The US Food and Drug Administration is allowing onto the market the first new hepatitis B vaccine in more than 25 years with the approval of Dynavax’ Heplisav-B.

The vaccine is the only one to offer a two-dose regimen for the prevention of infection caused by all known subtypes of hepatitis B virus in adults age 18 years and older.

Current hepatitis B vaccines require three shots over a six-month period, however, almost half of adults fail to complete the series within one year, the firm notes.

Hepatitis B is a potentially deadly virus 50 to 100 times more infectious than HIV. Infections are on the rise and there is no cure, but the disease can be prevented through effective vaccination.

Heplisav-B’s approval was based on data from three Phase III trials demonstrating that it delivered higher rates of protection compared to Engerix-B, according to Dynavax.

On the safety side, the most common local reaction was injection site pain (23 percent for Heplisav to 39 for Engerix-B), while the most common systemic reactions were fatigue (11 percent to 17 percent, respectively) and headache (8 percent to 17 percent).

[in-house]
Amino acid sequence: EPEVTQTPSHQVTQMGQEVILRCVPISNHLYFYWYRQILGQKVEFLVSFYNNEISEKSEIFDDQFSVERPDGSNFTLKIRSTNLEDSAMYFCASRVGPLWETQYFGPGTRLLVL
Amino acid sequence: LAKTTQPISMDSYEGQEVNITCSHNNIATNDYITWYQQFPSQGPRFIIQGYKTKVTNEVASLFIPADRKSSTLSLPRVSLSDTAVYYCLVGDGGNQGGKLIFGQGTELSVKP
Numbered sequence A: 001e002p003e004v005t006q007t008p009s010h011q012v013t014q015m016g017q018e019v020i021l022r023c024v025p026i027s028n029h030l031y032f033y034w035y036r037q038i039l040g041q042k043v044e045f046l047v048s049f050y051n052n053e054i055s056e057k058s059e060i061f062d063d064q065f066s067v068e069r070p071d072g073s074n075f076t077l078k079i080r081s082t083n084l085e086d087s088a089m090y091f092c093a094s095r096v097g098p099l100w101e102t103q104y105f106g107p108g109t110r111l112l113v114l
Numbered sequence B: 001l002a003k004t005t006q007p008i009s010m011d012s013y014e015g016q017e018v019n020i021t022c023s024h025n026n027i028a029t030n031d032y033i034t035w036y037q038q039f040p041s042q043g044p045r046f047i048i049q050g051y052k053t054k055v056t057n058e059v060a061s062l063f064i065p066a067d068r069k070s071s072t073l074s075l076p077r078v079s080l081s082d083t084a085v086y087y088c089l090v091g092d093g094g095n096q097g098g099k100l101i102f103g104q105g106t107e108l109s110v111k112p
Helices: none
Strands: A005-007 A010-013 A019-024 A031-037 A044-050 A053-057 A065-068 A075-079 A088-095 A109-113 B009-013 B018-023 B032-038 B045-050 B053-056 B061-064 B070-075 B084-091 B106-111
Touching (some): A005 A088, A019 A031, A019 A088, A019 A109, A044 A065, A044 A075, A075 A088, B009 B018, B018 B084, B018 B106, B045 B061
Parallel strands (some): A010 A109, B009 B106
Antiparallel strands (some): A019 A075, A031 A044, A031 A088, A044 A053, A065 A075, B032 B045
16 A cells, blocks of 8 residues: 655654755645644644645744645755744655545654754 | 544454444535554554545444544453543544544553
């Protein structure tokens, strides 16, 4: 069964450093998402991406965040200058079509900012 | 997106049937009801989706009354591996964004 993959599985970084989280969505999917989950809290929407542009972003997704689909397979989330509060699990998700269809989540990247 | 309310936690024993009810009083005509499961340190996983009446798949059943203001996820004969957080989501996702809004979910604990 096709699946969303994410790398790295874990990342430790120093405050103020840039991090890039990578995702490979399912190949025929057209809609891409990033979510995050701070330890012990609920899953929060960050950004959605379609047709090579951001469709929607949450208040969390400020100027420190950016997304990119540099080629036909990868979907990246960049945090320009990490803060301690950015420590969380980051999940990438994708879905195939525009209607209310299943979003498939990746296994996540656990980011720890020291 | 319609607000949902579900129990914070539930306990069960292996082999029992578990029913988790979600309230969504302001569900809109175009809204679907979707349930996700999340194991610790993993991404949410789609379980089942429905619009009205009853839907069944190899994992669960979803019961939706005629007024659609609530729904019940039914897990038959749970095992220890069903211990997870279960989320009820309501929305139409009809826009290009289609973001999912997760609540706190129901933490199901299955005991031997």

“Prevention of hepatitis B in adults through vaccination is more important than ever given the increase in the rate of infections,” said William Schaffner, professor of Preventive Medicine, Vanderbilt University Medical Center.

“Too many at-risk adults remain unprotected against this virus. A two-dose schedule with higher rates of protection, along with other strategies, may help us move closer to the goal of eliminating hepatitis B as a public health problem in the United States.”

The vaccine was rejected by the FDA in November last year, with a request for more information relating to several areas, including clarification on specific adverse events of special interest, a numerical imbalance in a small number of cardiac events in a single study, new analyses of the integrated safety data base across different time periods, and post-marketing commitments.